Successful yet emotionally stifled artist Kate Flaherty stands at the deathbed of her estranged father, conflicted by his morphine-induced confession exposing his part in her mother’s death. While racing home, Kate’s car mishap leads her to a soul-searching discussion with a lone diner employee, prompting Kate to confront the true reasons her marriage hangs in the balance. When her night takes an unexpected turn, however, she flees for her life, a life desperate for faith that can only be found through her ability to forgive.

My Review:

Flaherty’s Crossing
by Kaylin McFarren is a deeply moving novel of not only love, but also of forgiveness. Kate, a fiercely independent married artist with a longing to be loved, receives a call she has been dreading, her father, Collin Flaherty, has passed away. Kate is already struggling with her marriage and is now faced with doubts about who her father truly was and if he stopped loving her when her mother passed away. Kate’s husband Drew, a high-powered attorney rapidly moving up the corporate ladder yet still overshadowed by the achievements of his now deceased father, is striving to make their marriage work and to convince Kate that he can indeed be there for her, believes in her, and loves her. Flaherty’s Crossing is a rollercoaster ride of events and emotions as McFarren delivers a delightful cast of characters, which include friends, family, hospice workers, and Kate’s gossipy neighbour Wanda, each delivering a special message to the narrative. The diner scene is a stroke of literary brilliance as Flaherty’s Crossing reminds the reader it is never too late to change, apologise, and forgive; a narrative that reminds one that love transcends time and place and can never die. To anyone looking for an insightful and uplifting novel, I highly recommend Flaherty’s Crossing.

About the Author:

Linda Yoshida, aka Kaylin McFarren, is a rare bird indeed. Not a migratory sort, she prefers to hug the West Coast and keep family within visiting range. Although she has virtually been around the world, she was born in California, relocated with her family to Washington, and nested with her husband in Oregon. In addition to playing an active role in his business endeavors, she has been involved in all aspects of their three daughters’ lives – taxi duties, cheerleading coaching, script rehearsals, and relationship counseling, to name but a few. Now she enjoys spending undisciplined time with her two young grandsons and hopes to have many more.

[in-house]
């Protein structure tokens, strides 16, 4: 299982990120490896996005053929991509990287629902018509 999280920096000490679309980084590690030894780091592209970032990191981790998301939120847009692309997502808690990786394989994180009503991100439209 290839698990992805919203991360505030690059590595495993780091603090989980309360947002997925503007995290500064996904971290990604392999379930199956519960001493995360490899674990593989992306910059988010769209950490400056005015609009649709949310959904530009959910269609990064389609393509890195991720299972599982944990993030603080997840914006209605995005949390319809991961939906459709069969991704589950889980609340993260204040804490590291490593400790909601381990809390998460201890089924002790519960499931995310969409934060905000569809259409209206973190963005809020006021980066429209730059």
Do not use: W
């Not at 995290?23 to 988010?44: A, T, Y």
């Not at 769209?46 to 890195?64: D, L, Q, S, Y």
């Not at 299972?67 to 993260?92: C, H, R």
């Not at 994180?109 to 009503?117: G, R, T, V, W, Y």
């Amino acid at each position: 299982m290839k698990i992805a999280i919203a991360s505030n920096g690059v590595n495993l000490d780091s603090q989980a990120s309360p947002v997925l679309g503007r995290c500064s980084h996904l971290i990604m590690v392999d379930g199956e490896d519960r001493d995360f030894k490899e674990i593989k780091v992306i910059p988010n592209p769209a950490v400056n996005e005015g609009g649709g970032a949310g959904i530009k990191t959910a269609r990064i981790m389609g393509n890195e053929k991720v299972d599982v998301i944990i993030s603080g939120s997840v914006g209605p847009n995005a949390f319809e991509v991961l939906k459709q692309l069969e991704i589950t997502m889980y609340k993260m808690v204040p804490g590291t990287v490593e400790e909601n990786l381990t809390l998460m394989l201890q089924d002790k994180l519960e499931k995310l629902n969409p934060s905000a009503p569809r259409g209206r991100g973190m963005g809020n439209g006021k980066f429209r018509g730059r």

Although Kaylin wasn’t born with a pen in hand like so many of her talented fellow authors, she has been actively involved in both business and personal writing projects for many years. As the director of a fine art gallery, she assisted in furthering the careers of numerous visual artists who under her guidance gained recognition through promotional opportunities and in national publications. Eager to spread her own creative wings, she has since steered her energy toward writing novels. As a result, she has earned more than a dozen literary awards and was a 2008 finalist in the prestigious RWA® Golden Heart contest.

Kaylin is a member of RWA, Rose City Romance Writers, and Willamette Writers. She received her AA in Literature at Highline Community College, which originally sparked her passion for writing. In her free time, she also enjoys giving back to the community through participation and support of various charitable and educational organizations in the Pacific Northwest.

You can visit Kaylin online at www.kaylinmcfarren.com or visit her book’s website at www.flahertyscrossing.com.


Kaylin McFarren’s FLAHERTY’S CROSSING VIRTUAL BOOK TOUR ‘10 officially began on February 1st and will end on April 30. Follow the tour at Pump Up Your Book Promotion!

I received a complimentary copy of Flaherty’s Crossing by Kaylin McFarren from Pump Up Your Book Promotion as part of the tour. Receiving a copy in no way reflected my review of aforementioned novel.

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Teaser Tuesdays- Skin and Bones


Teaser Tuesdays is a weekly bookish meme, hosted by MizB of Should Be Reading. Anyone can play along! Just do the following:

  • Grab your current read
  • Open to a random page
  • Share two (2) “teaser” sentences from somewhere on that page
  • BE CAREFUL NOT TO INCLUDE SPOILERS! (make sure that what you share doesn’t give too much away! You don’t want to ruin the book for others!)
  • Share the title & author, too, so that other TT participants can add the book to their TBR Lists if they like your teasers!

Here is mine:

Lying on my side, I dip my hand into the icy water of the stream, aware only of a distant buzzing in my brain. I watch the blood trail away, lazy in the water.”

~Page 1 , Skin and Bones by D.C. Corso

What are you reading?